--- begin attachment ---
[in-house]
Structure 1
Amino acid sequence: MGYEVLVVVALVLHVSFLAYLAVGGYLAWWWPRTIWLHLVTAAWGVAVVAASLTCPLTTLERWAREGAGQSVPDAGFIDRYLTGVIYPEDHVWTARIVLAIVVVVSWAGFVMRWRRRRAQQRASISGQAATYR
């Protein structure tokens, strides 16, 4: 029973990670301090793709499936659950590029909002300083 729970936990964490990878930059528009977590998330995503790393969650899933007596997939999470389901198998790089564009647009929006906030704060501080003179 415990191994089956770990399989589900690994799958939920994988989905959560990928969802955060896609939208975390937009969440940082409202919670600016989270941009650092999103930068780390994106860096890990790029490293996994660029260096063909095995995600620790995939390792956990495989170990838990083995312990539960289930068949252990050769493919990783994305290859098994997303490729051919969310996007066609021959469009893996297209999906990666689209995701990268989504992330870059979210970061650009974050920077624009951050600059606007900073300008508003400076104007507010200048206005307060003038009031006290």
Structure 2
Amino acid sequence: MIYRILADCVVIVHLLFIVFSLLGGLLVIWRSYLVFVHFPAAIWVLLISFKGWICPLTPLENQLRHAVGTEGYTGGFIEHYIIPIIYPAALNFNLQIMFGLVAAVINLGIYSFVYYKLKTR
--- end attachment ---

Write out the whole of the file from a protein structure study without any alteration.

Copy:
[in-house]
Structure 1
Amino acid sequence: MGYEVLVVVALVLHVSFLAYLAVGGYLAWWWPRTIWLHLVTAAWGVAVVAASLTCPLTTLERWAREGAGQSVPDAGFIDRYLTGVIYPEDHVWTARIVLAIVVVVSWAGFVMRWRRRRAQQRASISGQAATYR
């Protein structure tokens, strides 16, 4: 029973990670301090793709499936659950590029909002300083 729970936990964490990878930059528009977590998330995503790393969650899933007596997939999470389901198998790089564009647009929006906030704060501080003179 415990191994089956770990399989589900690994799958939920994988989905959560990928969802955060896609939208975390937009969440940082409202919670600016989270941009650092999103930068780390994106860096890990790029490293996994660029260096063909095995995600620790995939390792956990495989170990838990083995312990539960289930068949252990050769493919990783994305290859098994997303490729051919969310996007066609021959469009893996297209999906990666689209995701990268989504992330870059979210970061650009974050920077624009951050600059606007900073300008508003400076104007507010200048206005307060003038009031006290």
Structure 2
Amino acid sequence: MIYRILADCVVIVHLLFIVFSLLGGLLVIWRSYLVFVHFPAAIWVLLISFKGWICPLTPLENQLRHAVGTEGYTGGFIEHYIIPIIYPAALNFNLQIMFGLVAAVINLGIYSFVYYKLKTR